“I know a lot of people struggle with — they feel like they don’t even know the parent they lost. I think that’s where a lot of the anger comes from for some families. But for us I feel like it connected us to him and I think it’s helped us a lot.”
Zoe added that she and Garrett both ended up playing hockey, which was their father’s sport.
“It made me feel closer to him.”
That’s not to say there weren’t challenges along the way.
Kimmy has a painting that Garrett did in art class in elementary school. It shows two towers engulfed in flames.
“No one had asked him to paint the towers. But he’s got this crazy image of the two towers on fire. I think he was in Grade 2 or 3.”
Another time, he wrote a poem that included a reference to Osama bin Laden.
“The teachers would call me and tell me what Garrett was doing. I said, ‘That’s OK. We have to talk about this in our family. It’s not like a taboo subject’… I had to explain to the school I was comfortable that he was expressing himself through art and through literature.”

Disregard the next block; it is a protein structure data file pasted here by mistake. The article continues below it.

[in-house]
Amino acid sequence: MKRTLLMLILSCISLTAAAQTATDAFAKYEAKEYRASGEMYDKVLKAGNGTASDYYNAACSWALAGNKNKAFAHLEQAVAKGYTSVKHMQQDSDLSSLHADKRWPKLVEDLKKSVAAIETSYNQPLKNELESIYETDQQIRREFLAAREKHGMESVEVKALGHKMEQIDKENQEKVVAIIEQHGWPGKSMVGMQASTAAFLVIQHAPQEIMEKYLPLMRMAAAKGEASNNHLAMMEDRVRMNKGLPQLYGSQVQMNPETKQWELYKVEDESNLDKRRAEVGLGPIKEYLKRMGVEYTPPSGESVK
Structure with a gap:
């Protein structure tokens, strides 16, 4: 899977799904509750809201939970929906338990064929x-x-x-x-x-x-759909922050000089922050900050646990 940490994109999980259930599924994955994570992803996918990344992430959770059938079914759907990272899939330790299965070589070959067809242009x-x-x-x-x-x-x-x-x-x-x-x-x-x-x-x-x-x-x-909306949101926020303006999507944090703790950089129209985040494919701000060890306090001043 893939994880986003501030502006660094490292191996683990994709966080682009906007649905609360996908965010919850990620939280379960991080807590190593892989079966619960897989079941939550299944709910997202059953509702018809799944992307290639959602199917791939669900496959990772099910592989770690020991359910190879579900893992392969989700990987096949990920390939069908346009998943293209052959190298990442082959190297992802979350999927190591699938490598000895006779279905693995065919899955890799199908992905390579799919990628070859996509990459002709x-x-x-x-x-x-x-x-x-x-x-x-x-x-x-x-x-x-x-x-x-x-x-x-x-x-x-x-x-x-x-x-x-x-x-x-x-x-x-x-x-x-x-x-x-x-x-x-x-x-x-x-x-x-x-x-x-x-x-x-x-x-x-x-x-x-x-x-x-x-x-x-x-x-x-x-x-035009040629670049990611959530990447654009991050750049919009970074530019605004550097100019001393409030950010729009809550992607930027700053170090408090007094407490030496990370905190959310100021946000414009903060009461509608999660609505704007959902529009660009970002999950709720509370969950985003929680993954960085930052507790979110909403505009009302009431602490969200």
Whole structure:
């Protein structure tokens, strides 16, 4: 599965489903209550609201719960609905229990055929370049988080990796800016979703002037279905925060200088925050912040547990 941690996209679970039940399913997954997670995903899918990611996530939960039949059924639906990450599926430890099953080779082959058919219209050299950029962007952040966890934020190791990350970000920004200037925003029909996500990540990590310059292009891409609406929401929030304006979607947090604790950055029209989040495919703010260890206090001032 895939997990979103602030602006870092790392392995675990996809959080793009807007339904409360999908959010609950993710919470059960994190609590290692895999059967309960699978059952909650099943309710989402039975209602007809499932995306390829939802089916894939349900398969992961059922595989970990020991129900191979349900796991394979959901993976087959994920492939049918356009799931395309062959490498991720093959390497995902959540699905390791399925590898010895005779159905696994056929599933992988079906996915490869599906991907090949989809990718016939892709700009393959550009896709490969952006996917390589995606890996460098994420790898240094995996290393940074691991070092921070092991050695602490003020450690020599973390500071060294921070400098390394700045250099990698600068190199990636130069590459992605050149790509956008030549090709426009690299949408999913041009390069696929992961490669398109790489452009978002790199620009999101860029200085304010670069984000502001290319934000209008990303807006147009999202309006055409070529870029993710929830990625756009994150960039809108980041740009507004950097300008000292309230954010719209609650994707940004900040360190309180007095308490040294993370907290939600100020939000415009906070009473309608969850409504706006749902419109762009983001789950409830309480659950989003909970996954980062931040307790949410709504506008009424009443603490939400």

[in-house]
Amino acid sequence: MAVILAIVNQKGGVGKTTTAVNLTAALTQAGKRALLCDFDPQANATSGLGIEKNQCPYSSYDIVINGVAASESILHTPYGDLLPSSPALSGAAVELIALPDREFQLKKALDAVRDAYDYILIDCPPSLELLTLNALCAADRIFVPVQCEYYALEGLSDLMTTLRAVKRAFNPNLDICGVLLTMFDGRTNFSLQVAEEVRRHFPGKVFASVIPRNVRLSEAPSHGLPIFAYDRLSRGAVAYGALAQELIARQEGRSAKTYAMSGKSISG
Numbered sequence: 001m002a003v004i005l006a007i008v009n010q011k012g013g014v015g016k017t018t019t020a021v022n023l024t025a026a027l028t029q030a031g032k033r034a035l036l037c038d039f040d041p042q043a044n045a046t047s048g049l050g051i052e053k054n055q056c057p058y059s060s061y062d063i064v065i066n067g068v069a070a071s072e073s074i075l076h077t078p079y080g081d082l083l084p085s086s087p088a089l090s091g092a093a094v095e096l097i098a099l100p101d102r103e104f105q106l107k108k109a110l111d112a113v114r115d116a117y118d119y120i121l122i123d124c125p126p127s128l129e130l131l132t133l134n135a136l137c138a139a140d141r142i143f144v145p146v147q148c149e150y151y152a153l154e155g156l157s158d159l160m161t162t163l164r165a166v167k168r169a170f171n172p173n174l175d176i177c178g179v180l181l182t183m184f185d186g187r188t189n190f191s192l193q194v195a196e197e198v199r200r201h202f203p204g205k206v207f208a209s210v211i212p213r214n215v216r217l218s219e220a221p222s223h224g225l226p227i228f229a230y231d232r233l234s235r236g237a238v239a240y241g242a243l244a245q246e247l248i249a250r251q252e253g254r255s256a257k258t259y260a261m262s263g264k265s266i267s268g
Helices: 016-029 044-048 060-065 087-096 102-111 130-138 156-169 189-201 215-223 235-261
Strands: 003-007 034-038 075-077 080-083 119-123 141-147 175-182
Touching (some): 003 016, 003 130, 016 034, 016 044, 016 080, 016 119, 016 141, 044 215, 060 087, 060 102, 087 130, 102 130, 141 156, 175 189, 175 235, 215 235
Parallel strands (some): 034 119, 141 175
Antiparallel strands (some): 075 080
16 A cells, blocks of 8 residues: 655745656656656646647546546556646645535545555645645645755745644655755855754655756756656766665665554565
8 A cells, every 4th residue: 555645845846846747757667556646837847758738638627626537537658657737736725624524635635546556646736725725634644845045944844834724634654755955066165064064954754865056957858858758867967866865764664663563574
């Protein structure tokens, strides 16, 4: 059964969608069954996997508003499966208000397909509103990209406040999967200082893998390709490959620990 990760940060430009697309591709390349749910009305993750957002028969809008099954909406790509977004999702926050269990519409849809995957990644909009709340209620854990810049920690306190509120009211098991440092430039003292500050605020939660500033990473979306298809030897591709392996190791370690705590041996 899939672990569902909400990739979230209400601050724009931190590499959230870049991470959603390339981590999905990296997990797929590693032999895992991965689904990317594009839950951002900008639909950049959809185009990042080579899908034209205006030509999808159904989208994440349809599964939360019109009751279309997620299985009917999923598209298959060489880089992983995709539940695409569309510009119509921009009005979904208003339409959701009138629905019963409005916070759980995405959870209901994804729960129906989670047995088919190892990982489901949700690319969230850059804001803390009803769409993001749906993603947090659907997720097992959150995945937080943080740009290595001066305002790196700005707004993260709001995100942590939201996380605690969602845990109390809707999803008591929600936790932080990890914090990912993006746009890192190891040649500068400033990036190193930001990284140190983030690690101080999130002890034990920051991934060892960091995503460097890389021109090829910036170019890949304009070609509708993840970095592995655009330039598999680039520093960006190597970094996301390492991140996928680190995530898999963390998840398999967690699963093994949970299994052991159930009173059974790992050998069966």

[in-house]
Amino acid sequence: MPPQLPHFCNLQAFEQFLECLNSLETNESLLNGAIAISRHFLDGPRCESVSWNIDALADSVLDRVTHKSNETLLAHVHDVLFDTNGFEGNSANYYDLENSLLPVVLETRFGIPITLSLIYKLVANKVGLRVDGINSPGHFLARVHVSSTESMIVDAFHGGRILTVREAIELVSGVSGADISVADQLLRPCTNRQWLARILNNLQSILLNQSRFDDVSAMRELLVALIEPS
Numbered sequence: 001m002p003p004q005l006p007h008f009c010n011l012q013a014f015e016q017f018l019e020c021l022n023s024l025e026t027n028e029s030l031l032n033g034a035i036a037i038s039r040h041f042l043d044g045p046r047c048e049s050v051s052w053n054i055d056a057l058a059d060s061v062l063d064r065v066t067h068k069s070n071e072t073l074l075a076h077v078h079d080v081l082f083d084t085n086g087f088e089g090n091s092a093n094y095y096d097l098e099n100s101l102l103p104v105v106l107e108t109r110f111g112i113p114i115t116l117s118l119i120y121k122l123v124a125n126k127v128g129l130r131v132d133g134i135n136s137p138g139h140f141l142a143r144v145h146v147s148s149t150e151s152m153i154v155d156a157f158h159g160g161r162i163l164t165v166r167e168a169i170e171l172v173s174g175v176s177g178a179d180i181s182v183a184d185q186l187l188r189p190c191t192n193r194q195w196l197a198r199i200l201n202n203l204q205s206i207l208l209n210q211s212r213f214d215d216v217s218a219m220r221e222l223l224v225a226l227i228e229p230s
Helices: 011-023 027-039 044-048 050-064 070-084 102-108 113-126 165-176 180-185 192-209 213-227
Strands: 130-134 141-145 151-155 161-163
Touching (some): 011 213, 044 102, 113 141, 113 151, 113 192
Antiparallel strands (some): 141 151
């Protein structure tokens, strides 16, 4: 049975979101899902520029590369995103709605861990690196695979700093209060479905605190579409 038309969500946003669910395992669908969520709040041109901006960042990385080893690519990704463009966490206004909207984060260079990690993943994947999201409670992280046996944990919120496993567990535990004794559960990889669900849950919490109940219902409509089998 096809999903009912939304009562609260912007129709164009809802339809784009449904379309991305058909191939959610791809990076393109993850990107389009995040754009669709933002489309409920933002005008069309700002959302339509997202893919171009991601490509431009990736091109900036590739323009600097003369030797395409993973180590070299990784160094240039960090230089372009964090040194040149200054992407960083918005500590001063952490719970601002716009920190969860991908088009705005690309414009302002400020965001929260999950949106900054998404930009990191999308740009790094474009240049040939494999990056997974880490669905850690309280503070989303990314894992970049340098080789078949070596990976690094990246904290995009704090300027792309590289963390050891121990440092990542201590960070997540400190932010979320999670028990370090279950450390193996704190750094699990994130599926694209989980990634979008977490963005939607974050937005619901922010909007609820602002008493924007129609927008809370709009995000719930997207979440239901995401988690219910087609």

Kimmy said she was a bit annoyed other students in the school were kept in the dark about 9/11.
“Someone would say something to Zoe about her daddy and she would say he was killed in the World Trade Center. And the teachers would say, ‘Well, kids in Zoe’s class don’t necessarily know because their parents don’t want to tell them.’ I said, ‘Yes, but you know I obviously have to tell my children and my children know and I can’t tell them that … they can’t talk about what happened to their father.’ So I would say it was a little bit more challenging for us being in Canada because very few parents had chosen to tell their kids when my kids were trying to process this.”